Two opportunistic pathogens that were once thought to be very different have evolved some sexual reproduction and disease-causing habits that are not only similar but also suggest that in the microbial world sex and virulence are closely linked, according to a review published this week in the online journal mBio™.
"Although the mechanisms used by bacterial and fungal species to promote genetic exchange are distinct, recent studies have uncovered surprising parallels between pheromone signaling in these species," says Richard Bennett of Brown University who co-authored the article with Gary Dunny of the University of Minnesota.
Sexual reproduction in bacteria involves the joining of two parent cells and the exchange of genetic materials. In sexual reproduction, the offspring will have a mixture of the parent cells' traits. Most bacteria reproduce asexually by simple cell division so that the newly formed cells carry the exact genetic makeup of the original cells.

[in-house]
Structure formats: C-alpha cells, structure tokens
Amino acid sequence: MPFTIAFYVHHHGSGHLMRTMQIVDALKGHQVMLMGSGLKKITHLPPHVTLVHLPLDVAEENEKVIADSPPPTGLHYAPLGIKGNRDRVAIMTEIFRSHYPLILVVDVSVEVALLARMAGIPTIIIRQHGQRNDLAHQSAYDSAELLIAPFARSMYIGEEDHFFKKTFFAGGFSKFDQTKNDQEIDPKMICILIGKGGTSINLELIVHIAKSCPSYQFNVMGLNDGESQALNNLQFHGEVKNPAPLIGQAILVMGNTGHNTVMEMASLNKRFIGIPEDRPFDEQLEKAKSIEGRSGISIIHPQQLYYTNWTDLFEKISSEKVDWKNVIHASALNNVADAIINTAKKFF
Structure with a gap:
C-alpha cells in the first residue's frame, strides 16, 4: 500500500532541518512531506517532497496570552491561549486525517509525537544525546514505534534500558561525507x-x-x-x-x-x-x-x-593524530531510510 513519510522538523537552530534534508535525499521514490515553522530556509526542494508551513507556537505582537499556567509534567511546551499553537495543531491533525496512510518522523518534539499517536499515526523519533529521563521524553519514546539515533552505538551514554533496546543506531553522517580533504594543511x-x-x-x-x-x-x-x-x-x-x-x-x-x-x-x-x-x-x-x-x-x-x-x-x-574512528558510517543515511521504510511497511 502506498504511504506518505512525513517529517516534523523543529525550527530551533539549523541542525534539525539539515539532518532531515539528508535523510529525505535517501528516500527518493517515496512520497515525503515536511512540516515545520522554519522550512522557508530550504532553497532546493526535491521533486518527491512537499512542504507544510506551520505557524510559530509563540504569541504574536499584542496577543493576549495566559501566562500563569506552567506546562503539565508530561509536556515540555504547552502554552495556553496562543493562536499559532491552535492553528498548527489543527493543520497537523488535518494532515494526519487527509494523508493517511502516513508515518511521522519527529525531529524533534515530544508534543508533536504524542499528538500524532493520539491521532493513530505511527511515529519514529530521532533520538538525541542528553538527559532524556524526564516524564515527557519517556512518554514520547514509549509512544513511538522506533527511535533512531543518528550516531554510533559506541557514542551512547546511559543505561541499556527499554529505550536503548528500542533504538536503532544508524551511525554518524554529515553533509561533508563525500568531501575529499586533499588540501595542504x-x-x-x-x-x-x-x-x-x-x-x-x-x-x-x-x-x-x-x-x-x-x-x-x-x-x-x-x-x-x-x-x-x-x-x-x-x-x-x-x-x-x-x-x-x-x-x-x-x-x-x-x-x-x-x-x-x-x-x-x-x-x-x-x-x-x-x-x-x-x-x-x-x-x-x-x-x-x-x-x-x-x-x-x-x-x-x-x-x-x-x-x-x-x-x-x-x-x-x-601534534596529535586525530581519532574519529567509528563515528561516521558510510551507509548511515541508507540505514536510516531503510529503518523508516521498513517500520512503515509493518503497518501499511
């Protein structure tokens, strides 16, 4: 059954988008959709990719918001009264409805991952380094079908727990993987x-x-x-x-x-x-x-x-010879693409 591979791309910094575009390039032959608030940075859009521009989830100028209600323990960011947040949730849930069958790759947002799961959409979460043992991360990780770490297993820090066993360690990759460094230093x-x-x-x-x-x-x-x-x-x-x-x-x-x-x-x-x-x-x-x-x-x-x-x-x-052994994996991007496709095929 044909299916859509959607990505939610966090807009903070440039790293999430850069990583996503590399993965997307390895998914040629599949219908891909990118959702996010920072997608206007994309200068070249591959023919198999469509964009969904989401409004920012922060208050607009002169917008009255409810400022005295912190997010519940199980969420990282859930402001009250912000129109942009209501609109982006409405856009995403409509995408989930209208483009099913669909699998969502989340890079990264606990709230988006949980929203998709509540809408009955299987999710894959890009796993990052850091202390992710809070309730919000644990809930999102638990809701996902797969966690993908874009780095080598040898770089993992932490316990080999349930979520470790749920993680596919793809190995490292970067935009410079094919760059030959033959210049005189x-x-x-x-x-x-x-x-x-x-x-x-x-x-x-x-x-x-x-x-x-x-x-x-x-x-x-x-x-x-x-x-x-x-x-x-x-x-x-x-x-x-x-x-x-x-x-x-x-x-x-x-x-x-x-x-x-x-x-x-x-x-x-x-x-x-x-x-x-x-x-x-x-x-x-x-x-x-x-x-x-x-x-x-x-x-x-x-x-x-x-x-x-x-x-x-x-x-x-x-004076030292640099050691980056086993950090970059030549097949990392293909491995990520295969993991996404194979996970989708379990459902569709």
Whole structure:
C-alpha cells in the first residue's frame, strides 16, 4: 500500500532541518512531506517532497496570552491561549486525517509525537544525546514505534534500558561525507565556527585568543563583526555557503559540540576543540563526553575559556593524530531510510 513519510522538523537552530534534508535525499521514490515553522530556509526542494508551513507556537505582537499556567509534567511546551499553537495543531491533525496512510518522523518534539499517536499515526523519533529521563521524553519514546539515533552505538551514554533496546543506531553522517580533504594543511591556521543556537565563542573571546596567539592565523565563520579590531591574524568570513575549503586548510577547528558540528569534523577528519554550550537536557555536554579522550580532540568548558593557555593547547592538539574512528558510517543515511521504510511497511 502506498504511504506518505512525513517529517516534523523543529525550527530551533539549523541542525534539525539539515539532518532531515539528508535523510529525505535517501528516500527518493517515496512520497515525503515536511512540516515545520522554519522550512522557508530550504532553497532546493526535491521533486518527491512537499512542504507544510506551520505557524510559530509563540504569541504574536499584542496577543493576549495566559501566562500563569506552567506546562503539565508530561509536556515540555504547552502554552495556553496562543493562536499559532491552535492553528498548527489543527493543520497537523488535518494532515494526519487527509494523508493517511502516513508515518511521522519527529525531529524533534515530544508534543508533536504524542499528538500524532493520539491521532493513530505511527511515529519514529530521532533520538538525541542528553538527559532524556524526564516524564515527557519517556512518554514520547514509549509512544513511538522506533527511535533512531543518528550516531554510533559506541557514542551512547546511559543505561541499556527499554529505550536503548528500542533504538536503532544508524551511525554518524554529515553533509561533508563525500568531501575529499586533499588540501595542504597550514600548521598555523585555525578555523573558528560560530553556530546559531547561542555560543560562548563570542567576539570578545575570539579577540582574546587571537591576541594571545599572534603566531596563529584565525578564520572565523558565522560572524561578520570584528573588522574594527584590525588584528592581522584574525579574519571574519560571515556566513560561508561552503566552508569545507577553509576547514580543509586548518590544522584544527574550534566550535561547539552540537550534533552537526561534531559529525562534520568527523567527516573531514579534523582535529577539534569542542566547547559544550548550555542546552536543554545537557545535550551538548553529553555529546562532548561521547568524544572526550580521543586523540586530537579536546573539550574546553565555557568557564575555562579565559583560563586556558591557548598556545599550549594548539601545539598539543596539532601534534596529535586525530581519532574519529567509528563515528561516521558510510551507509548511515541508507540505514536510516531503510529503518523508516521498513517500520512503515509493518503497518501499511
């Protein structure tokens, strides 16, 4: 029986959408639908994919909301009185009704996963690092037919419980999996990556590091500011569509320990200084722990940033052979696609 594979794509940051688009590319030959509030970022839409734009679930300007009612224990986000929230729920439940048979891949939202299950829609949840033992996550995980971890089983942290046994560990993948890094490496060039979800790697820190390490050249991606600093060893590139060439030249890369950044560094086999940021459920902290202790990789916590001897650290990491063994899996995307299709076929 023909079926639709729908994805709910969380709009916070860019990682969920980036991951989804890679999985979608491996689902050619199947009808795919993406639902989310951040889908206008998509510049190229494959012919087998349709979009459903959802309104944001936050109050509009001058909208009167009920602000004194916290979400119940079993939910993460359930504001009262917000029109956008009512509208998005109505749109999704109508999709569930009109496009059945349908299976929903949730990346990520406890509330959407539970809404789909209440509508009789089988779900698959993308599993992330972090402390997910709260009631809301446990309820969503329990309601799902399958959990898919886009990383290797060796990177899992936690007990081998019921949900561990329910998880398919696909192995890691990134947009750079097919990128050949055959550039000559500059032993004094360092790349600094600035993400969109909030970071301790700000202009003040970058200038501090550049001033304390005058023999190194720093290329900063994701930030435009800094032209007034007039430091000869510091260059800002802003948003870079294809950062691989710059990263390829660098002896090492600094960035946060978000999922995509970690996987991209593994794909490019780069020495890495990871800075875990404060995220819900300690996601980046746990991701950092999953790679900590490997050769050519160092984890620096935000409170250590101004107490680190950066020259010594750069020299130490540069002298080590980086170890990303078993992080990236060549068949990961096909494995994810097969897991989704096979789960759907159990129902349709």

Bennett's primary area of research is focused on understanding the sexual reproductive cycle of the opportunistic human pathogen Candida albicans, a yeast that generally grows harmlessly in the human digestive tract but under certain circumstances can cause disease. Dunny studies genetic transfer and virulence in Enterococcus faecalis, a bacterium that, like C. albicans, is a common component of the digestive tract but can also cause life-threatening opportunistic infections.
Telesensing, or probing of the environment by releasing chemical messengers such as pheromones, plays a central role in the sexual reproduction of microorganisms. In the review Bennett and Dunny examine recent evidence that indicates that these two very different microorganisms actually show similar modes of pheromone signaling to regulate the exchange of genetic material. More importantly, they make the connection to evidence that shows these same mechanisms can be used by the pathogens to cause disease.
"It is now apparent that pheromone signaling not only controls sexual reproduction and genetic exchange but can also activate expression of potential virulence factors in diverse opportunistic pathogens," say the authors. "It will therefore prove revealing to determine whether other microbes have adapted their mating machinery for novel purposes, with particular emphasis on the role of these processes in opportunistic pathogens that colonize and infect the human host."
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